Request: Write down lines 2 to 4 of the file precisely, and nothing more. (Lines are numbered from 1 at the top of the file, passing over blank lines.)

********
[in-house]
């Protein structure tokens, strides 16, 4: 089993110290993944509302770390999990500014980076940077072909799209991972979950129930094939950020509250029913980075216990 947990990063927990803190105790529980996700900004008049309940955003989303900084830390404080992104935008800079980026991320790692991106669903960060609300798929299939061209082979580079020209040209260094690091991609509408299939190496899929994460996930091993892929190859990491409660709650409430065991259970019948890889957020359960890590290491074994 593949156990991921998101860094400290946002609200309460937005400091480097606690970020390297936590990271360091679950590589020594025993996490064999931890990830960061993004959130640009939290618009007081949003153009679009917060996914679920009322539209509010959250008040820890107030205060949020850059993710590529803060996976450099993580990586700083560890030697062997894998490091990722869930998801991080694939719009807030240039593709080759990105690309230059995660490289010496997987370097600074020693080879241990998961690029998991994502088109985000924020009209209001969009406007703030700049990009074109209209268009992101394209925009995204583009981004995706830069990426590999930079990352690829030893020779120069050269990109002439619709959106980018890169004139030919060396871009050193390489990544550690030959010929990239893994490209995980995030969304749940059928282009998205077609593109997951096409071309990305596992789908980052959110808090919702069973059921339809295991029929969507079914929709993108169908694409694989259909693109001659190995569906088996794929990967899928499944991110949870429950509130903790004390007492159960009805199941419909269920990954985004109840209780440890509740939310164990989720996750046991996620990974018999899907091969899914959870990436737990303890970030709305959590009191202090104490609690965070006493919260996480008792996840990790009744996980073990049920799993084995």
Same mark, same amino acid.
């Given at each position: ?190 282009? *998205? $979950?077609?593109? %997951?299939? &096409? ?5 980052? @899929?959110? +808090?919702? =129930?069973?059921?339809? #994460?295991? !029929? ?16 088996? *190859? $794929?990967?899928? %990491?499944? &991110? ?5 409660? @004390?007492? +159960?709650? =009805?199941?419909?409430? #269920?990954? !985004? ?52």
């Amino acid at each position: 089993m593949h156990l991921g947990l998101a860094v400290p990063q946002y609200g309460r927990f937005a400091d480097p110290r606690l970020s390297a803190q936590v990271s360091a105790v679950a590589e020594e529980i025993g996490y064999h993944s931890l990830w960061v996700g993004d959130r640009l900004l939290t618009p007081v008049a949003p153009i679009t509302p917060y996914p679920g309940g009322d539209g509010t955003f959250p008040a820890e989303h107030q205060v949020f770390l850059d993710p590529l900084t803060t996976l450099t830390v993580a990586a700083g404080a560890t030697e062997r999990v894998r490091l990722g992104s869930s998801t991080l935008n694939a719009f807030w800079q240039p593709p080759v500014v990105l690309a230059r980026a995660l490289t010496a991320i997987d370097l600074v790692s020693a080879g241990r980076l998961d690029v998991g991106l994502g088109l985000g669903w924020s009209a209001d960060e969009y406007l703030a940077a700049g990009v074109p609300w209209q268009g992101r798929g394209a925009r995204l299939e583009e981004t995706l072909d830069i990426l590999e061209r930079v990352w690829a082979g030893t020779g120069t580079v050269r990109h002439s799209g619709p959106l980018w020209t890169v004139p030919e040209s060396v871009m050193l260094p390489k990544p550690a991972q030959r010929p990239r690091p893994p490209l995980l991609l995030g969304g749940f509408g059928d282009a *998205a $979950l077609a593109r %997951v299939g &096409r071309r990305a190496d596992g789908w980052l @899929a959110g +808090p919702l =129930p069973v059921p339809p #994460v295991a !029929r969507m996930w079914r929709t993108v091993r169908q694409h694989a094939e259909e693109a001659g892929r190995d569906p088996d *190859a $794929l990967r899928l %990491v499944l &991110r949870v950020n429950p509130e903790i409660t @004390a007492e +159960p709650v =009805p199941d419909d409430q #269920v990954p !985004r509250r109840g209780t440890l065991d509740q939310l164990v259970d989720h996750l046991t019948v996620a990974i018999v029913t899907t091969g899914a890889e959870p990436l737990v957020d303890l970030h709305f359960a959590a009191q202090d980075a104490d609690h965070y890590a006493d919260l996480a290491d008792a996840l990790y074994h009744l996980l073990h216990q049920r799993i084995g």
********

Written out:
């Protein structure tokens, strides 16, 4: 089993110290993944509302770390999990500014980076940077072909799209991972979950129930094939950020509250029913980075216990 947990990063927990803190105790529980996700900004008049309940955003989303900084830390404080992104935008800079980026991320790692991106669903960060609300798929299939061209082979580079020209040209260094690091991609509408299939190496899929994460996930091993892929190859990491409660709650409430065991259970019948890889957020359960890590290491074994 593949156990991921998101860094400290946002609200309460937005400091480097606690970020390297936590990271360091679950590589020594025993996490064999931890990830960061993004959130640009939290618009007081949003153009679009917060996914679920009322539209509010959250008040820890107030205060949020850059993710590529803060996976450099993580990586700083560890030697062997894998490091990722869930998801991080694939719009807030240039593709080759990105690309230059995660490289010496997987370097600074020693080879241990998961690029998991994502088109985000924020009209209001969009406007703030700049990009074109209209268009992101394209925009995204583009981004995706830069990426590999930079990352690829030893020779120069050269990109002439619709959106980018890169004139030919060396871009050193390489990544550690030959010929990239893994490209995980995030969304749940059928282009998205077609593109997951096409071309990305596992789908980052959110808090919702069973059921339809295991029929969507079914929709993108169908694409694989259909693109001659190995569906088996794929990967899928499944991110949870429950509130903790004390007492159960009805199941419909269920990954985004109840209780440890509740939310164990989720996750046991996620990974018999899907091969899914959870990436737990303890970030709305959590009191202090104490609690965070006493919260996480008792996840990790009744996980073990049920799993084995």
Same mark, same amino acid.
């Given at each position: ?190 282009? *998205? $979950?077609?593109? %997951?299939? &096409? ?5 980052? @899929?959110? +808090?919702? =129930?069973?059921?339809? #994460?295991? !029929? ?16 088996? *190859? $794929?990967?899928? %990491?499944? &991110? ?5 409660? @004390?007492? +159960?709650? =009805?199941?419909?409430? #269920?990954? !985004? ?52």